This tag is for questions about choosing the best word FROM A GIVEN SELECTION for a particular context or meaning.

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12
votes
6answers
2k views

“Toward” or “towards” – what would a native speaker use?

In this question we learn that toward and towards are interchangeable, but that the former is somewhat more typical of U.S. English and the latter of British English, although there is some indication ...
9
votes
3answers
14k views

“Good bye”, “Bye”, “Bye bye”

I'm a non-native English speaker and sometimes it's hard for me to pick up the right word in some situations. Could you, please, explain when it's better to use "goodbye" for ending a conversation, ...
8
votes
2answers
103k views

“Angry with” vs. “angry at” vs. “angry on”

Which is the most appropriate/correct usage? Are you angry on me? Are you angry with me? Are you angry at me?
29
votes
6answers
4k views

A word that says a person is both female and your friend

It's often confusing for me to talk about my friends, especially my female friends. This is because in Dutch there are words for both male ("vriend") and female ("vriendin") friends. In English ...
21
votes
7answers
17k views

Difference between “the very first” and “first”

I have the sentence: Who wrote the very first dictionary ever? Is it any different from Who wrote the first dictionary ever? I don't get how something could be more first.
21
votes
3answers
115k views

“Inputted” or “input”

I have used the word inputted in an assignment and am being forced to change it to input. However, both the Oxford English Dictionary (I am in New Zealand so this is most relevant) and MS Word list ...
19
votes
9answers
4k views

Is there a good word for a square-rectangle relationship?

Any given square is always a rectangle, but a rectangle isn't necessarily a square, so squares and rectangles have a _ relationship. I've been noticing this sort of thing everywhere ever since I ...
18
votes
11answers
85k views

“The point is moot”

I was recently called out for using the phrase "the point is moot" incorrectly. My intent was to indicate that I felt that the point wasn't really worth debating or discussing. I was then shown that ...
13
votes
6answers
11k views

“peak” vs “summit”

According to the dictionary: peak — the pointed top of a mountain; a mountain with a pointed top summit — the highest point of something, especially the top of a mountain In the picture of the ...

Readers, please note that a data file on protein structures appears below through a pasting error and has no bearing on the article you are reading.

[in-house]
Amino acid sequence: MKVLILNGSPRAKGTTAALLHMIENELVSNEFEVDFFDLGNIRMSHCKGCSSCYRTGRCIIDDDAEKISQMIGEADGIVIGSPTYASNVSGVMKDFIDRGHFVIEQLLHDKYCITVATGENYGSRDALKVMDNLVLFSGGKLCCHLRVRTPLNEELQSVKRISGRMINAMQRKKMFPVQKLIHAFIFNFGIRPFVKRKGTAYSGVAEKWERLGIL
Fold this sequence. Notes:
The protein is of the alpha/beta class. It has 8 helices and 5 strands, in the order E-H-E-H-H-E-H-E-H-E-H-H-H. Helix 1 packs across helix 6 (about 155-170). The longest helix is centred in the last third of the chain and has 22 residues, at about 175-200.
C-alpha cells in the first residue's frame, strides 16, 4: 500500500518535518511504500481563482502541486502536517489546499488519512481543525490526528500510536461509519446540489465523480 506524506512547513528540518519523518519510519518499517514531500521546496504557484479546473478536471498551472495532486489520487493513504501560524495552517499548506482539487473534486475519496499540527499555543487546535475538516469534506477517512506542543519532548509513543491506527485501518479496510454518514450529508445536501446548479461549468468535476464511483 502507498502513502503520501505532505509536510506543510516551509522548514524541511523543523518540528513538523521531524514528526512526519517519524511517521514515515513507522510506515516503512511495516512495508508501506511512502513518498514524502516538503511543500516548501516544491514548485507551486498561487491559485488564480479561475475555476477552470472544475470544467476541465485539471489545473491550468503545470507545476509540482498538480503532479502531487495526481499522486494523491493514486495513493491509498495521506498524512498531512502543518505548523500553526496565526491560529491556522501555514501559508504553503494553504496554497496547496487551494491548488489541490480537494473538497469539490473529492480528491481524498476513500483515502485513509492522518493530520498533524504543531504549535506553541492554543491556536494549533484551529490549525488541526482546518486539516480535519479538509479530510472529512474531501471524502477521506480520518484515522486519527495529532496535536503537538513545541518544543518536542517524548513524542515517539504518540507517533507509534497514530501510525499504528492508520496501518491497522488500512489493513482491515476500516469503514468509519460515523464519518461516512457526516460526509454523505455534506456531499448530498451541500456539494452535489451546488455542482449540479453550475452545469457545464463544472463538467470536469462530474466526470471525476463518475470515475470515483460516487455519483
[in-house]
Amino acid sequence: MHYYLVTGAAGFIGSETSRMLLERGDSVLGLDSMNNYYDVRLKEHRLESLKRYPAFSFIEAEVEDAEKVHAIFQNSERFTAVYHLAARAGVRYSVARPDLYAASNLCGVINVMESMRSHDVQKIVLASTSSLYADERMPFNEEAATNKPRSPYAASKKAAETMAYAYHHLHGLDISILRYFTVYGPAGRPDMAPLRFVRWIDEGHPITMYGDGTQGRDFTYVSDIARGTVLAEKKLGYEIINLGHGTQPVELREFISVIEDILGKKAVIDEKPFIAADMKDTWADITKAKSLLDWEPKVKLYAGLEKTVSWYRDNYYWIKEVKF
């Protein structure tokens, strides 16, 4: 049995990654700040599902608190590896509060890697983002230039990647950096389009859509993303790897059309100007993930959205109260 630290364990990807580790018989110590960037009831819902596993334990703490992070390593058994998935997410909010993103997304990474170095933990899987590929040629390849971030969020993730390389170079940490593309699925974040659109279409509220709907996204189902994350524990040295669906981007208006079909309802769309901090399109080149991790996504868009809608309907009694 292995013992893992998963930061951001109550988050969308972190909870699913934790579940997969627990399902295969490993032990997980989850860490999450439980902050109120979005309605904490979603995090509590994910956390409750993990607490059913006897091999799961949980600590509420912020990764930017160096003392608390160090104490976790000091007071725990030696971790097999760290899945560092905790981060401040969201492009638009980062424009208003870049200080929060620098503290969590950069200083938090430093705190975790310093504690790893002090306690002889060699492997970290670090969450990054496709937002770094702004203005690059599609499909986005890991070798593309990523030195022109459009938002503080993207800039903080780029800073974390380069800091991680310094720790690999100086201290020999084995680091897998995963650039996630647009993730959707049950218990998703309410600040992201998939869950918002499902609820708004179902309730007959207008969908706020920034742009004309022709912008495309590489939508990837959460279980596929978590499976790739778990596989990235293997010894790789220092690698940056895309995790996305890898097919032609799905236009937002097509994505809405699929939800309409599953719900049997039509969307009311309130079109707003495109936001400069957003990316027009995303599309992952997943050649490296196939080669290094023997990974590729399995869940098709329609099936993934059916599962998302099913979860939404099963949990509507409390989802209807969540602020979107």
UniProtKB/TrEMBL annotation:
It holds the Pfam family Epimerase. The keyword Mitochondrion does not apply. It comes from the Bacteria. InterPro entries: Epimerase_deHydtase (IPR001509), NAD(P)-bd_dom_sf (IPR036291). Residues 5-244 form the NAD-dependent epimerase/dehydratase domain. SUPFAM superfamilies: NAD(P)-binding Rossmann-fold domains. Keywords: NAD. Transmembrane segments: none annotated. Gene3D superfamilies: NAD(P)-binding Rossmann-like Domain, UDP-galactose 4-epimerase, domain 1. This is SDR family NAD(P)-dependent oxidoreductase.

11
votes
7answers
1k views

What is the plural form of “iPad 2”?

With the introduction of the iPad 2, I find myself hesitating when trying to refer to several of them. Is it iPads 2 or iPad 2's?
11
votes
4answers
122k views

To gain insight into or on?

Should I write: To gain insight on this obstacle, she will begin to analyse . . . or To gain insight into this obstacle, she will begin to analyse . . . Google shows (much) more results ...
11
votes
5answers
1k views

What is the adjectival form of “nemesis”?

If I have a non-person object or idea that I consider to be my nemesis1, how could I refer to the object as a noun but use an embellishing adjective to emphasize that the object is my nemesis? For ...
8
votes
3answers
3k views

“Not empty” set in one word? [closed]

Is there a single word which means "not empty"? That is, a word which one might use to describe a field with one or more cows in it, as opposed to an "empty" field with none? Full or even ...
8
votes
5answers
5k views

“Irregardless” vs. “irrespective”

Why is irrespective considered a proper word but irregardless is not?
4
votes
2answers
12k views

What is the difference between seems like /seems that/seems?

Is there any difference between these expressions? It seems like they have not completed the task yet. It seems that they have not completed the task yet. It seems they haven't ...
4
votes
2answers
12k views

Correct usage of was/were on the object of a sentence [duplicate]

Possible Duplicate: “Wasn't” vs “weren't” On a Tuesday morning, which of these sentences is the better way to express that I already want it to be Friday? ...
3
votes
4answers
4k views

“Communicate over” vs. “communicate through”

Also schemas can communicate over database links to schemas in other remote databases. Could one replace the preposition over with through? Will it change the meaning, and if so, when should we ...
3
votes
5answers
2k views

“Put it at the backseat” or “Put it onto the backseat”?

What preposition should I use in the expression "put ___ the backseat"? The sentence goes like this: I have a few items on my plans, item A is the least important one, so I will put it ___ the ...
29
votes
10answers
7k views

What do you call money earned through unethical sources?

Money/Assets/Property that is earned through unethical sources is called ? Money that is earned through bad sources like corrupted politics, corrupted business, ransom money, stolen or theft ...
17
votes
4answers
3k views

Is there anything wrong with the word “denigrate”?

A few years ago there was a controversy over the word niggardly — a perfectly innocent word that unfortunately sounds like a racial slur. Given that controversy, is it safe to use denigrate, which ...
16
votes
4answers
85k views

“At” or “in” the office?

When do you use at the office? And when do you use in the office? What's the difference between the phrases?
11
votes
5answers
49k views

Which is correct — “a year” or “an year”? [duplicate]

The word year when pronounced starts with a phonetic sound of e which is a vowel sound making it eligible for being preceded by an. Yet, we tend to write a year. Why?
9
votes
3answers
1k views

Is “get” (in the sense of “become/make”) appropriate for formal writing?

Is the use of "get + adjective/participle" appropriate for formal writing (for example, scientific papers)? I am thinking of usages analogous to get fat get inflated get sick where the meaning ...
9
votes
3answers
2k views

“home to” or “home for”?

Which of the following is correct? Himalaya is home to diverse flora. Himalaya is home for diverse flora. Or is there a better third possibility?
8
votes
3answers
3k views

“So long as” vs. “as long as”

Which phrase is more formal — "so long as" or "as long as"? Example: So long as Google Voice allows free long distance in North America, I will use it. As long as Google Voice allows free ...